Maj. Gen. Yossi Baidatz
Maj. Gen. Yossi Baidatz at conference dedicated to former Chief of Staff: “The adversary is of an entirely different sort from that of the past”
Date: 24/01/2013, 3:19 PM Author: Noam Witman and Yiftach Carmeli
Maj. Gen. Yossi Baidatz, Commander of the IDF (Zahal) Military Colleges, spoke yesterday (Wednesday, January 23) at a conference on the limitations to the use of military force, discussing changes in the threats facing the IDF (Zahal) and the importance of adjusting to these changes.
“The nature of the wars does not change, but the character of the enemy does,” Maj. Gen. Baidatz said at the conference. “Once, everything was clear and we knew what decisiveness was and what victory and deterrence were; now, there is an obvious need for new concepts suited to the current reality.”
Maj. Gen. Baidatz emphasized the importance of the IDF (Zahal)’s responses to changes. “We must separate from what characterized combat doctrine in recent years and understand that asymmetrical conflict is the main type of conflict,” he stated. “The responsibility of the IDF (Zahal) as an operational body is not to offer recommendations to the political echelon, but rather to develop theories of doctrine and operational combat. The goal is to reach objectives while minimizing damage to both sides, and therefore we must understand that the adversary is of an entirely different sort from that of the past.”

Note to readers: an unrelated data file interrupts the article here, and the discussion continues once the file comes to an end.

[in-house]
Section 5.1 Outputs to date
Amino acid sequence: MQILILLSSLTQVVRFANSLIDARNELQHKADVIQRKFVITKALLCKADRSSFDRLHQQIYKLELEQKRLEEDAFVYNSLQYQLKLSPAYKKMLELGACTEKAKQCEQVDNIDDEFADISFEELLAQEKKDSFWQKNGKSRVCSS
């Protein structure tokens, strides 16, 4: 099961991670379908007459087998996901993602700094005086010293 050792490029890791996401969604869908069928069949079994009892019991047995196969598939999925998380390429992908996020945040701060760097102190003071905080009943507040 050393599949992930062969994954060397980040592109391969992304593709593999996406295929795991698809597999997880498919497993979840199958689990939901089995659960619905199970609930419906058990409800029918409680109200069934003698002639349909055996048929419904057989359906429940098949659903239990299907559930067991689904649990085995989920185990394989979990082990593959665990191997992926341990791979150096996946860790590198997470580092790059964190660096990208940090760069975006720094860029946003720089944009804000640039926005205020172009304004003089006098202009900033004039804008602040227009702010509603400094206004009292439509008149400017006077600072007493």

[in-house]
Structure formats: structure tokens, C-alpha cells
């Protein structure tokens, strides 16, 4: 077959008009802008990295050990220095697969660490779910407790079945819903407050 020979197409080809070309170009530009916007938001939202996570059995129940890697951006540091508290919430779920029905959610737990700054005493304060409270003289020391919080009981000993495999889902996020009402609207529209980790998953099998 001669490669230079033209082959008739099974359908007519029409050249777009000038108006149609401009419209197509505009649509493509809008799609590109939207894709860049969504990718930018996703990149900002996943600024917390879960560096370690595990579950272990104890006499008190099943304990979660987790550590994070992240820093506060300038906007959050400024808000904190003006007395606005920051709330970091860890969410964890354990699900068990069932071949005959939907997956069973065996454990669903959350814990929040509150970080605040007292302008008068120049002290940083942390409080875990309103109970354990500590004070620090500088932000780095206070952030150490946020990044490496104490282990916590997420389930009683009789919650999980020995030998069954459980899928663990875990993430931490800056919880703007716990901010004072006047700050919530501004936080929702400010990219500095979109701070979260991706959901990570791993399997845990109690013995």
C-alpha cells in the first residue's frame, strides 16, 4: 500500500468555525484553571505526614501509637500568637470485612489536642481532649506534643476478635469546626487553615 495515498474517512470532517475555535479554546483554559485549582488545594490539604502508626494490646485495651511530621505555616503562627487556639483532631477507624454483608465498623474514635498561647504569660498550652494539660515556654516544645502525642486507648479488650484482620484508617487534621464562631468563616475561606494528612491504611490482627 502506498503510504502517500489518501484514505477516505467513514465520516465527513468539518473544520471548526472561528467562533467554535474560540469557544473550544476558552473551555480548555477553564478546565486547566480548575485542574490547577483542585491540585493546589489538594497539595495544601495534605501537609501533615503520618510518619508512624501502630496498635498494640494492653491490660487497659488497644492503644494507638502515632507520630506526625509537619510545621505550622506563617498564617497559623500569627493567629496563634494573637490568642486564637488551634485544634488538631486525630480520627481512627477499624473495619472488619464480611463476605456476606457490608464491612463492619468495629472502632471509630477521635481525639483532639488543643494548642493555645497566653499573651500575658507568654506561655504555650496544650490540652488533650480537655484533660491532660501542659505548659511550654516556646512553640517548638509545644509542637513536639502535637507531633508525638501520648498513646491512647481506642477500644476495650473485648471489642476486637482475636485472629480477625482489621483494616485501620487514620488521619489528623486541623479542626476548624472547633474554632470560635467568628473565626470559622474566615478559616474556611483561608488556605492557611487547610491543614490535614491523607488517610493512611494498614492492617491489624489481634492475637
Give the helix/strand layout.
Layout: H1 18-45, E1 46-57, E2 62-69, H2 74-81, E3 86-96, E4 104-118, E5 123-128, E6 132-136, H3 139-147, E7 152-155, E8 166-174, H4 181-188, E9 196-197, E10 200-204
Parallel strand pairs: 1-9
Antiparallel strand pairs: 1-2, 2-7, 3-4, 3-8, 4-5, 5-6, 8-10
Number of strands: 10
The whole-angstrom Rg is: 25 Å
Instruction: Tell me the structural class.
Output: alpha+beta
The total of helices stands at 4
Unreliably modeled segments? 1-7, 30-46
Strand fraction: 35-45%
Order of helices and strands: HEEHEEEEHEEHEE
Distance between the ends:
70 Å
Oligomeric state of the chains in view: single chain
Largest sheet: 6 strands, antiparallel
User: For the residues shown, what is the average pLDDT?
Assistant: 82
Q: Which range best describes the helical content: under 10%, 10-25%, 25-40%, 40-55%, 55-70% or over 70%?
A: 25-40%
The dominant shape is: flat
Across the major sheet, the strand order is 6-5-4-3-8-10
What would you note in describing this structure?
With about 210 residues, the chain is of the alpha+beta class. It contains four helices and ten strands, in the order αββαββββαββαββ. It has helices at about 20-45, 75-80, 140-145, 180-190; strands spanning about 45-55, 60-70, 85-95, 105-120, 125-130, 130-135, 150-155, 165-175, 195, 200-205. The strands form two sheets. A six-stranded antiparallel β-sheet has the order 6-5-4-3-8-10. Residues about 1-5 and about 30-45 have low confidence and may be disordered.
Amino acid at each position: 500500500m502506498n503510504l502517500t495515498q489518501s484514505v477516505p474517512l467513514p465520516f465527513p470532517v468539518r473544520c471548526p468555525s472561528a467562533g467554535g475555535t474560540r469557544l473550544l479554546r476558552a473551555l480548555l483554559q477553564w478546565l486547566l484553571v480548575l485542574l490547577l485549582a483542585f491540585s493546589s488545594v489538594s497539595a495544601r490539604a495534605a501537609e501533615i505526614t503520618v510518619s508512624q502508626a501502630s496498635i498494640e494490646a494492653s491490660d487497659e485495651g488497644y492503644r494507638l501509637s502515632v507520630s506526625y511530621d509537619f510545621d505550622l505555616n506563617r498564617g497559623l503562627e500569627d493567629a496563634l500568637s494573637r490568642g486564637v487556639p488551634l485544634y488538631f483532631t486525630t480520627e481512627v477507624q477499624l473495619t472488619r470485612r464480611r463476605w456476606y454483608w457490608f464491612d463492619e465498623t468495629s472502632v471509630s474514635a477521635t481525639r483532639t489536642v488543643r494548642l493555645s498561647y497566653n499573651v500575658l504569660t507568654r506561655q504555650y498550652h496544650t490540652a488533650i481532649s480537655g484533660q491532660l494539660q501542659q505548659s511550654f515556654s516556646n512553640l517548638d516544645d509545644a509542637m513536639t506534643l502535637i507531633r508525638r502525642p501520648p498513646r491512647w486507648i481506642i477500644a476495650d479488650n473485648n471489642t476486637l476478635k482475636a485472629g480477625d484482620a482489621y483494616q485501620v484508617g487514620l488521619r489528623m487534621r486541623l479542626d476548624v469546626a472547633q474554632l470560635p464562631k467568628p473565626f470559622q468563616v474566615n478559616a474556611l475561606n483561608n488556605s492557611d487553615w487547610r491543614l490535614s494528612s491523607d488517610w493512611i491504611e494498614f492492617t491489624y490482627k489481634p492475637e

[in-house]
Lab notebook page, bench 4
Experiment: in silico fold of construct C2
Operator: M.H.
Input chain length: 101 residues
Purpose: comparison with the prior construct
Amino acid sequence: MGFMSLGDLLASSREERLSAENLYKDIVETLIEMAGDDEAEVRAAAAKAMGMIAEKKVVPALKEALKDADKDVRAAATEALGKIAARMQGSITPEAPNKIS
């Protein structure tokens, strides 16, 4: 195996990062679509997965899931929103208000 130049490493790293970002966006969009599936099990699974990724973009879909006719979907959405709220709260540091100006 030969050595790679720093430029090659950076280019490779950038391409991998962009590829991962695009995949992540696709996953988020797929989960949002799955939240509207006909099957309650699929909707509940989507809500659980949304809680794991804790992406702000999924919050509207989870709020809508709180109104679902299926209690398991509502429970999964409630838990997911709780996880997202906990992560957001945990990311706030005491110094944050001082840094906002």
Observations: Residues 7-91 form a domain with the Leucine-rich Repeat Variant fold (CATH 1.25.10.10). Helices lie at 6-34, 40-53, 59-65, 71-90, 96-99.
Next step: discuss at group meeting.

According to Maj. Gen. Baidatz, high-ranking officials in the IDF (Zahal) are currently studying such change, so as to update the IDF (Zahal)’s concepts and methods. He noted that since the 1970s unconventional warfare has been the primary military threat to Israel – expressed by conflict with terror organizations and not with states. “Since 1973, it is apparent that the State of Israel has had no wars against regular armies of other states, but against terror organizations. There is a clear change here, and thus there is a need to develop suitable concepts and ideas,” he explained.
“Also when looking at Operation Pillar of Defense and clashes of that type, part of the challenge we face when discussing asymmetrical warfare is not just breaking capabilities, but also to bring the enemy to a decision the day after – that [using] terror against Israel is not worth it,” Maj. Gen. Baidatz added, describing how “a Hamas battalion commander makes situation evaluations in his house, dressed in civilian clothing, while his family sits in the next room.”
Maj. Gen. Baidatz emphasized that due to constraints in the field and the behavior of the terror organizations, the IDF (Zahal) exercises great caution in the use of force in order to avoid harming civilians. “Before each strike we consider if it is moral and who it harms,” he said, adding that “we consider the effectiveness of the strike for the continuation of the battle – if it will reduce it or actually strengthen it.”